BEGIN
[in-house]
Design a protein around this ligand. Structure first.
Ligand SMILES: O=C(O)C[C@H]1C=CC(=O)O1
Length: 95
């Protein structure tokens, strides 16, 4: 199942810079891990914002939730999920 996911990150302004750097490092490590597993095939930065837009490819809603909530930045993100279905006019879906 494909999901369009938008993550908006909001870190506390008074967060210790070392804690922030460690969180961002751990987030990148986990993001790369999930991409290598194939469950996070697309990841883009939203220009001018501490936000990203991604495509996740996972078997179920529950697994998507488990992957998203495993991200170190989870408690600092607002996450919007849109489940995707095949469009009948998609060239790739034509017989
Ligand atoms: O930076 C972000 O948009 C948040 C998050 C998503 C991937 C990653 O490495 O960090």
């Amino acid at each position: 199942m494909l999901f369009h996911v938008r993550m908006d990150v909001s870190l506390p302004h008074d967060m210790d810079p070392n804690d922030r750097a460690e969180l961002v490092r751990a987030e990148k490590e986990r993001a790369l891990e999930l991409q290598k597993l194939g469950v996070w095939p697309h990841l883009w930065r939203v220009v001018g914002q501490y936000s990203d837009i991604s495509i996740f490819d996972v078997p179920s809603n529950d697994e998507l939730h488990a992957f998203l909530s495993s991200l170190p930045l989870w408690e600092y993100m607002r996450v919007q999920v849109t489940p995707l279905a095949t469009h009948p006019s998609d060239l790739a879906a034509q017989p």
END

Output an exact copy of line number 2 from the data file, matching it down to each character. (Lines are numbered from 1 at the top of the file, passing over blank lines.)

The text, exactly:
Design a protein around this ligand. Structure first.